NABOKV-L post 0022740, Mon, 23 Apr 2012 22:57:55 -0700

"Shakespeare" or de Vere (1924)?
On Apr 23, 2012, at 2:48 PM, piano forte wrote: The birthday of
Nabokov and Shakespeare seems a good time to ask what VN could have
intended by the verse below, if not to express grave doubts about the
Bard's true identity. Does anyone on the list have any information on
this early poem, which describes Edward de Vere, 17th Earl of Oxford,
with astonishing clarity? If Nabokov believed William of Stratford
wrote the immortal plays and poems, why would Dmitri, who jealously
guarded his father's reputation, permit this verse to be
"reprinted...with his kind permission" in the Shakespeare Oxford
Society Newsletter?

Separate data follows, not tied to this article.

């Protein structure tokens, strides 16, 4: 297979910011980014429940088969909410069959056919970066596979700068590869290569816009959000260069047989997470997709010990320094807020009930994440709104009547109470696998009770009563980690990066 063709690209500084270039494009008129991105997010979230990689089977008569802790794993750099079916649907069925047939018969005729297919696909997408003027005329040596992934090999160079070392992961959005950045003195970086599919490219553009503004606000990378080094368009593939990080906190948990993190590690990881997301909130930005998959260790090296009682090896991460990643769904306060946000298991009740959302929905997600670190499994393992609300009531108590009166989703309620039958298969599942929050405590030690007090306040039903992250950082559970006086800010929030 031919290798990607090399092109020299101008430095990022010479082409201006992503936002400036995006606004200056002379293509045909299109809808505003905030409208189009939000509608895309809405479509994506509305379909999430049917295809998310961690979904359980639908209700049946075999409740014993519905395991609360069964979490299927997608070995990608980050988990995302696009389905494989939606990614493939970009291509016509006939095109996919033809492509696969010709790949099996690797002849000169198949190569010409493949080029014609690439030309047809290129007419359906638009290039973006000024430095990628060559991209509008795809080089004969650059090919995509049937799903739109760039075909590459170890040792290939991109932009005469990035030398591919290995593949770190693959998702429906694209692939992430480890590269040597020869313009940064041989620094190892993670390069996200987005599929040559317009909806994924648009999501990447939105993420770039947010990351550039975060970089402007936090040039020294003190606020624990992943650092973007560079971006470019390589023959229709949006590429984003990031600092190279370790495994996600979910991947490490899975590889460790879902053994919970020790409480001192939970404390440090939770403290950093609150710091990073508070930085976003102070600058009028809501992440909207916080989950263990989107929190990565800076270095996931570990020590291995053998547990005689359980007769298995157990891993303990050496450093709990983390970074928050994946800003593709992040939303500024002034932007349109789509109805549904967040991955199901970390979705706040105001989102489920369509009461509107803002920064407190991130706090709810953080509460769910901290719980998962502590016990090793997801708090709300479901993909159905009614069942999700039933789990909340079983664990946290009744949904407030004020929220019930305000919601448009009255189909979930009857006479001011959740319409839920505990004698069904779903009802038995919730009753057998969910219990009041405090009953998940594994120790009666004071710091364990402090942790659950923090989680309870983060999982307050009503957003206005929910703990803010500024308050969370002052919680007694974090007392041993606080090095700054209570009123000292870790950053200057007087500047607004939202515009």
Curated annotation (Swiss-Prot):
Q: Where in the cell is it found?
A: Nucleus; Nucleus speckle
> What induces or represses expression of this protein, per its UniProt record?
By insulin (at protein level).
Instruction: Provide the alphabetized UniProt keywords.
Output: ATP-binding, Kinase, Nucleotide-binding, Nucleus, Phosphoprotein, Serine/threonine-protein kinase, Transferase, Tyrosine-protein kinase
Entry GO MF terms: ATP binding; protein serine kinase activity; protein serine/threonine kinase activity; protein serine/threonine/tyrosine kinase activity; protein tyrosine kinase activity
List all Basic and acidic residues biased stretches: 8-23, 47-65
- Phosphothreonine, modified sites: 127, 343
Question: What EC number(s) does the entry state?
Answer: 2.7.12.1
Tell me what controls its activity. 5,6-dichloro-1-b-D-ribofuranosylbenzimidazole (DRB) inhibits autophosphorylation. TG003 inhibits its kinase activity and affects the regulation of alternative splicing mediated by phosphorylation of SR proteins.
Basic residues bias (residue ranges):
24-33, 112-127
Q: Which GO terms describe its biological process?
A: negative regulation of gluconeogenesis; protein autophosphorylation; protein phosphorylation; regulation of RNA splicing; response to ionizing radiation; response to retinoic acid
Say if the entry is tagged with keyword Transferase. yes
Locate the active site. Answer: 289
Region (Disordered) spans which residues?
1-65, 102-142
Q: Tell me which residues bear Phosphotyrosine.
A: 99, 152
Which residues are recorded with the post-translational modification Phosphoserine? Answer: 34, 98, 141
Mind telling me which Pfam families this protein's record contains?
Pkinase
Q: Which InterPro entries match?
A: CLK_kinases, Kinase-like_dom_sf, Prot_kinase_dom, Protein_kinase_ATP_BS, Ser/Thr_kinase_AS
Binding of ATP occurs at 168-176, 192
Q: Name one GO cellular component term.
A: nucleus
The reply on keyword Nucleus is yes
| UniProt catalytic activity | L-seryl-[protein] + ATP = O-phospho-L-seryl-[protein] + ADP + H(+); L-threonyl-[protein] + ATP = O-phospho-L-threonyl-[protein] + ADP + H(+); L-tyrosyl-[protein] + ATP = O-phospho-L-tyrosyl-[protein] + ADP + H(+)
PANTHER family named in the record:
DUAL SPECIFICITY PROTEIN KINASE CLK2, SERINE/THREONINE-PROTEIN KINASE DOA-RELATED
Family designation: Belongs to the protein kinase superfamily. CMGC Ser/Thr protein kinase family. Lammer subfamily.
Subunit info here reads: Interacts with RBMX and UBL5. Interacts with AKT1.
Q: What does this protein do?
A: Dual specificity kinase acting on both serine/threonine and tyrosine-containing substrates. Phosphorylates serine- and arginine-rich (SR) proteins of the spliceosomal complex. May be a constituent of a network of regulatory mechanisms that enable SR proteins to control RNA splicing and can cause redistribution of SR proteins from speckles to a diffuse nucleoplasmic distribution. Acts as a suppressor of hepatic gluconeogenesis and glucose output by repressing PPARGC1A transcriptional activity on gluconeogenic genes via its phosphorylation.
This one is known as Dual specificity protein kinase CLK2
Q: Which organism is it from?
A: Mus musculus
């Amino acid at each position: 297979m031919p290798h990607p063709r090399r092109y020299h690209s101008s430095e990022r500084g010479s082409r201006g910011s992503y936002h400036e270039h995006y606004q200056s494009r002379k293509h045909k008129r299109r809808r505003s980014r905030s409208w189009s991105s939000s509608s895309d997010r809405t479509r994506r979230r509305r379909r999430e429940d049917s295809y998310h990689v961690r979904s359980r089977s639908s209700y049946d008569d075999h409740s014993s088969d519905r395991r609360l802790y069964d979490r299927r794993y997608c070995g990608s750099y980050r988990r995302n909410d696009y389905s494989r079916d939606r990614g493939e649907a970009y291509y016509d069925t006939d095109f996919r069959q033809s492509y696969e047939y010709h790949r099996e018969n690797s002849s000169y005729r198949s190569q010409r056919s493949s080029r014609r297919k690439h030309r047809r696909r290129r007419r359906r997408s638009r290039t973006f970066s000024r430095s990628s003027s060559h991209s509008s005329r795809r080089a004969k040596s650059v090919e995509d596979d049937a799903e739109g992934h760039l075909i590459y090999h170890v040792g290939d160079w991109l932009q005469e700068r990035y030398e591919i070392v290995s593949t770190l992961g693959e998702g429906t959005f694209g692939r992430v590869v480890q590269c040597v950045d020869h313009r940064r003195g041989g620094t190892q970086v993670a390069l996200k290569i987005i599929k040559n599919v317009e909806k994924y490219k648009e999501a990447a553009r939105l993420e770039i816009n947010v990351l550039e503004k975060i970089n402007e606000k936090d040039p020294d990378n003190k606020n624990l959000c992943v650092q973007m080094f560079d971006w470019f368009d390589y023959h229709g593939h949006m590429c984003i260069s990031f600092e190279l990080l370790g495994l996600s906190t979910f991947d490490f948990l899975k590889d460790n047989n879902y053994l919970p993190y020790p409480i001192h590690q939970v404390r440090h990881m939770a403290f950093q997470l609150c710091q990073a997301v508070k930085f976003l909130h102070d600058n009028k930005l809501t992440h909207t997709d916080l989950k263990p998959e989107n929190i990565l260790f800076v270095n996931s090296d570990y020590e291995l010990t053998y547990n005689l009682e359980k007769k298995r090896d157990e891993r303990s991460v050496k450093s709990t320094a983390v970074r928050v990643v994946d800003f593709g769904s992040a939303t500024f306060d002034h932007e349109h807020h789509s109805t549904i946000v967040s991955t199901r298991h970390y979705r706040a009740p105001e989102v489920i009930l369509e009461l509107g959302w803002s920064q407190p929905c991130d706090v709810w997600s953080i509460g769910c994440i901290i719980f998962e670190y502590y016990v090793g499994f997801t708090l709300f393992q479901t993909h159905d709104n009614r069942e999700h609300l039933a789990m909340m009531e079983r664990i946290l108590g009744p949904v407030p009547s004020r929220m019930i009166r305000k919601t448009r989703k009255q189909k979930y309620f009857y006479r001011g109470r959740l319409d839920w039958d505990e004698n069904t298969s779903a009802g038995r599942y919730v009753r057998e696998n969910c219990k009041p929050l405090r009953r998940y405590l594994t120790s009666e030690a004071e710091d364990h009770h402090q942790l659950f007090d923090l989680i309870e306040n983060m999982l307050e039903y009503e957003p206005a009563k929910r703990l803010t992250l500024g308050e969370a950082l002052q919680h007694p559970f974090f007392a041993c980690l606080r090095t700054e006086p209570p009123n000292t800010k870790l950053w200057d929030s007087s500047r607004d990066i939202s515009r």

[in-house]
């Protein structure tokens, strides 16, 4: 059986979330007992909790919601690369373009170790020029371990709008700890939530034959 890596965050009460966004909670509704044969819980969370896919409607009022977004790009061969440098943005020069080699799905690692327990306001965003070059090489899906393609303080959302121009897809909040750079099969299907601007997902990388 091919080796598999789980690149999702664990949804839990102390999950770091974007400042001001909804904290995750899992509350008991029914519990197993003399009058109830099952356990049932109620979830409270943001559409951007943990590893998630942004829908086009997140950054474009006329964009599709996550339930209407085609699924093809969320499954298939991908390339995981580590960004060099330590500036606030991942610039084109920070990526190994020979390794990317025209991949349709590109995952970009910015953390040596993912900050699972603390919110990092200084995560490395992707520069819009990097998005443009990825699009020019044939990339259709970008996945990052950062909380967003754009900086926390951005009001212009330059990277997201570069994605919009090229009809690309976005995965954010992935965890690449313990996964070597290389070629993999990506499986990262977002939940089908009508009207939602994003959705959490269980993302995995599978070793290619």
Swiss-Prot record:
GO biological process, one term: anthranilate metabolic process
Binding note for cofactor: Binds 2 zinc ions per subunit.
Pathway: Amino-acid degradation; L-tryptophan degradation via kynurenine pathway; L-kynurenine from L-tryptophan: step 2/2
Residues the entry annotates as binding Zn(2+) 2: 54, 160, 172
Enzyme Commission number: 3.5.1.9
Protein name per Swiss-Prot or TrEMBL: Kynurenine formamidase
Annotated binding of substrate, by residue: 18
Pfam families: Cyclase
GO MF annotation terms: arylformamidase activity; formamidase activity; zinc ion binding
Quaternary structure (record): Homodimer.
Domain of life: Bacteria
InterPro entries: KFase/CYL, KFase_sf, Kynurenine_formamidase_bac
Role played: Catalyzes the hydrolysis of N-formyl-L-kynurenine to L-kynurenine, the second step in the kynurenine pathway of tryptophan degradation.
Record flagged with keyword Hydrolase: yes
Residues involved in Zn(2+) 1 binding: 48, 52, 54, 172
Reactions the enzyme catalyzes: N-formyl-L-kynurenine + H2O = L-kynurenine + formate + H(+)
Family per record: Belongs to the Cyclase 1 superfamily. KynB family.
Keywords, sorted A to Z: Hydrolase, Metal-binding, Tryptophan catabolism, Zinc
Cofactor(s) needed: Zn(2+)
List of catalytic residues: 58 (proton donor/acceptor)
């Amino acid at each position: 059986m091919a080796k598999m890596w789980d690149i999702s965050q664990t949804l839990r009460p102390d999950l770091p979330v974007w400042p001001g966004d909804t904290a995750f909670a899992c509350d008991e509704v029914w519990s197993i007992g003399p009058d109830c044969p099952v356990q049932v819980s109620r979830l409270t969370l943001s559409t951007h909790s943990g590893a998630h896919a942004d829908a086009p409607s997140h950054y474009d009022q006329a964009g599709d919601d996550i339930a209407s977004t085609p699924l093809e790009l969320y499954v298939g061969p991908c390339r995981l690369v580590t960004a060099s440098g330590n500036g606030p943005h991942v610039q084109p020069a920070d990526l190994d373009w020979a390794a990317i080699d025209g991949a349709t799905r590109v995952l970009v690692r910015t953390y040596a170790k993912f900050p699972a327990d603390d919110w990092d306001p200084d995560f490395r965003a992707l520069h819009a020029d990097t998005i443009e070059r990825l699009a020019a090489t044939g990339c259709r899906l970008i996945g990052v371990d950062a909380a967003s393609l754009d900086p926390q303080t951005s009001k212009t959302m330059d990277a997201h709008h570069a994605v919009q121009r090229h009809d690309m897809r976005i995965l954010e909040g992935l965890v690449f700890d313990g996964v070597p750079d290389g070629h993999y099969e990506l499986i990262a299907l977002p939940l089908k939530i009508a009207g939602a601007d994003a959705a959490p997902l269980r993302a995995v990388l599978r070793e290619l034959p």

Dear "piano forte" Brian,

Na und? Forgive my flippancy, but really, so what if VN preferred the
authorship of de Vere of Oxford over that of William of Stratford? He
was after all a notorious snob, inordinately proud of his aristocratic
blood - not a side of him that I find particularly attractive.
Fortunately for our favorite сноб, he did not live to discover that
his vaunted descent from Genghis Khan is now genetically determined to
make him one among approximately 16 million other males ... and by
now, probably God knows how many more (the study was published in 2003).

The opening of the poem in Dmitri's translation however is
particularly fine, and reinforces my belief that VN was a superb poet
and has yet to be properly recognized as such. So, perhaps a day late
- or nine early - I salute his memory with my own brand of jaundice-
tinged hosannahs.

Carolyn "forte piano"* Kunin

* As a retired piano tuner-technician, who specialized in the
restoration of antique keyboards of which the "forte piano" was a
favorite, I come by the rubric honestly.

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